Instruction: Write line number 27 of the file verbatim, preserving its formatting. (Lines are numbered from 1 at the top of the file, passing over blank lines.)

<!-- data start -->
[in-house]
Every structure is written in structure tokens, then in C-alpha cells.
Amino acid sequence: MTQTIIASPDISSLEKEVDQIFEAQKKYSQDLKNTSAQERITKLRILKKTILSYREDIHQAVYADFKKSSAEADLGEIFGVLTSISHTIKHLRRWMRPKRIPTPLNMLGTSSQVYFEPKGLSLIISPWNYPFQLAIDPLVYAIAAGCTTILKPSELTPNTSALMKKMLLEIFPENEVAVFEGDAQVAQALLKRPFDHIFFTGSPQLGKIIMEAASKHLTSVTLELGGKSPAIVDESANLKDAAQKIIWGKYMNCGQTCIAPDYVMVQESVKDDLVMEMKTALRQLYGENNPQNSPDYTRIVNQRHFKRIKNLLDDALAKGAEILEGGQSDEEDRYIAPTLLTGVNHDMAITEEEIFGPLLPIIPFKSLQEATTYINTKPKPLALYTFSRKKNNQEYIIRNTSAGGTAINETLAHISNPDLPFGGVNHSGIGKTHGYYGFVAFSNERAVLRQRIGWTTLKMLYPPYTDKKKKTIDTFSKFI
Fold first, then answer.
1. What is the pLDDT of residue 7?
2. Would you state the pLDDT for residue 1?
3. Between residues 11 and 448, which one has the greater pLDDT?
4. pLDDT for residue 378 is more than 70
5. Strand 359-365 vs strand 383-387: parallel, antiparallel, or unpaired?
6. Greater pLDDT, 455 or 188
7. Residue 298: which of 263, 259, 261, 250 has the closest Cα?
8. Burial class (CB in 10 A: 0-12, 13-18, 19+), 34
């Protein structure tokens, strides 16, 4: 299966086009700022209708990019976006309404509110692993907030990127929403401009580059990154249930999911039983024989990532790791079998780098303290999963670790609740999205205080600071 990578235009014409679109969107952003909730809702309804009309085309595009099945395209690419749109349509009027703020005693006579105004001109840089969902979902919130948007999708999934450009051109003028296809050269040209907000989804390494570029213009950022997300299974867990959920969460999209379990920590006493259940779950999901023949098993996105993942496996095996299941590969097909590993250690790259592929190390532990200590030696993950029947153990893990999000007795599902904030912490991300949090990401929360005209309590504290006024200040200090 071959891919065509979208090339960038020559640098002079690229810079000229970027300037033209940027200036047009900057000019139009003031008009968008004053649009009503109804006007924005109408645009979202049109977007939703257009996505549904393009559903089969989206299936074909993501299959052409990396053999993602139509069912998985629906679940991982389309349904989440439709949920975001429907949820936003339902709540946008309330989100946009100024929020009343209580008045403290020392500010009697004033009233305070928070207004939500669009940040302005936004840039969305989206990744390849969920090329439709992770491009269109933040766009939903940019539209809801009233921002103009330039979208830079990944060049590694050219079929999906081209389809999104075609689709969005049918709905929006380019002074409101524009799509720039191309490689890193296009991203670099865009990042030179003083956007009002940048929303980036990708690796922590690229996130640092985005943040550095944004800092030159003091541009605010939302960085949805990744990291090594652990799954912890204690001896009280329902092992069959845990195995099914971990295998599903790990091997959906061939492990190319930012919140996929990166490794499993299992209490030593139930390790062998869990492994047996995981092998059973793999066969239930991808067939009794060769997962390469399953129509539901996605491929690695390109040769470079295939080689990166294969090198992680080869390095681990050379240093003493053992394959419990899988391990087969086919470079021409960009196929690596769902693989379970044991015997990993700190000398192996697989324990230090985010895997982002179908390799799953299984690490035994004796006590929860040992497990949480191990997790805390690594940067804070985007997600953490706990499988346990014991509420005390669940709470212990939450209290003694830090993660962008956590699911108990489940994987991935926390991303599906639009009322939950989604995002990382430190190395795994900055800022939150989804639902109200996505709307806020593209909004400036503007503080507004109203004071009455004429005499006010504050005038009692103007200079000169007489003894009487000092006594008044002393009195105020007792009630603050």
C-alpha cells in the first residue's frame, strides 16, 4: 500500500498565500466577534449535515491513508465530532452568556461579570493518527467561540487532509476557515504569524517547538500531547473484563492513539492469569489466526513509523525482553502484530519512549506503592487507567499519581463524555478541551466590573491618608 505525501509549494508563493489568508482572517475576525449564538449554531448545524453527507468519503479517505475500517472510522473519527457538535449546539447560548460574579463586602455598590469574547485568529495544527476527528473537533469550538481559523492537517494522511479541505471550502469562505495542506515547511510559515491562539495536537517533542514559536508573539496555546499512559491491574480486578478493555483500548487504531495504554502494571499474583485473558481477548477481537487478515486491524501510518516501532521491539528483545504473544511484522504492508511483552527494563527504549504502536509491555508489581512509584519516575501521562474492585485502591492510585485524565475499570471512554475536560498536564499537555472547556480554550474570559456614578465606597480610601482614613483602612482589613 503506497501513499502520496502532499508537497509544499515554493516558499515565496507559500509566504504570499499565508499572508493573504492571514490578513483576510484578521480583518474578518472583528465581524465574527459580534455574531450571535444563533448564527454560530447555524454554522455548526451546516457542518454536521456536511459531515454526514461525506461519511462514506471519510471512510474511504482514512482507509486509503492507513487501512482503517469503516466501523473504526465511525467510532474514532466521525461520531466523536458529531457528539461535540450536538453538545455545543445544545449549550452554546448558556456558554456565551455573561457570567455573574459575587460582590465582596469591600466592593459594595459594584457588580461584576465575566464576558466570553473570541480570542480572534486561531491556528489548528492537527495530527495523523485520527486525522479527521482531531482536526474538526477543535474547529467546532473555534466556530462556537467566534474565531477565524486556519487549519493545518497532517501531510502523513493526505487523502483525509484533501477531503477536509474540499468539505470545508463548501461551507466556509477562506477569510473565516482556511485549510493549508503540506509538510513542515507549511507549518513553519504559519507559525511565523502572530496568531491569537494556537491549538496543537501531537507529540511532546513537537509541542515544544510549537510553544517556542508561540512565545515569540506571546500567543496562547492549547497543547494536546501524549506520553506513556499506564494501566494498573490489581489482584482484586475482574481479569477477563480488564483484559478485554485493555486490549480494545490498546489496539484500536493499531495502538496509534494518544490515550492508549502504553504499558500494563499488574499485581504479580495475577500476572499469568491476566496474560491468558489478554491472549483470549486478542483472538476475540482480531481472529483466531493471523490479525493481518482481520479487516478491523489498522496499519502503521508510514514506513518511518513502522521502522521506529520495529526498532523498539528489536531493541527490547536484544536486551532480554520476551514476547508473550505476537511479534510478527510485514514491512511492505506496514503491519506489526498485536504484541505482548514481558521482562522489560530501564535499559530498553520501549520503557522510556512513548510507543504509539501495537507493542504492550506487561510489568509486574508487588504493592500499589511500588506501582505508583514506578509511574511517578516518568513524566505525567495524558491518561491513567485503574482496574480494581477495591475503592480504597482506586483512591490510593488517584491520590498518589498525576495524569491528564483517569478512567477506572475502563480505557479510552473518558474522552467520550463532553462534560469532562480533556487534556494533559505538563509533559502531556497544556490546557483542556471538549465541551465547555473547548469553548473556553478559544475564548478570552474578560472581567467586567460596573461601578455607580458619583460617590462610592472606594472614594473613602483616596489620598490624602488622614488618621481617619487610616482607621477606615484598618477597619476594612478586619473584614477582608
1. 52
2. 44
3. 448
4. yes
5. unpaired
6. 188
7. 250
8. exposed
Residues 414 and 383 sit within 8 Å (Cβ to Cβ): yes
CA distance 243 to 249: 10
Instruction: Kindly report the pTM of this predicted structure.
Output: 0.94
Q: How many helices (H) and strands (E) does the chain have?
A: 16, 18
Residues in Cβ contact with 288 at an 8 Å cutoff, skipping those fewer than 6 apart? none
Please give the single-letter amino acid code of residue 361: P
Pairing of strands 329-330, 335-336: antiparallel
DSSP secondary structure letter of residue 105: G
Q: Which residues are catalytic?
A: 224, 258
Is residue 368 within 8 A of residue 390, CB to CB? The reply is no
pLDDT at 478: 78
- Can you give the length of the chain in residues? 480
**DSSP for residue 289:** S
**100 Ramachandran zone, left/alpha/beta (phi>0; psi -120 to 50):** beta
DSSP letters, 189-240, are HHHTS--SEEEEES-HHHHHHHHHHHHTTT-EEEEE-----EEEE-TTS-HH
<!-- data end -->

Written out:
Q: How many helices (H) and strands (E) does the chain have?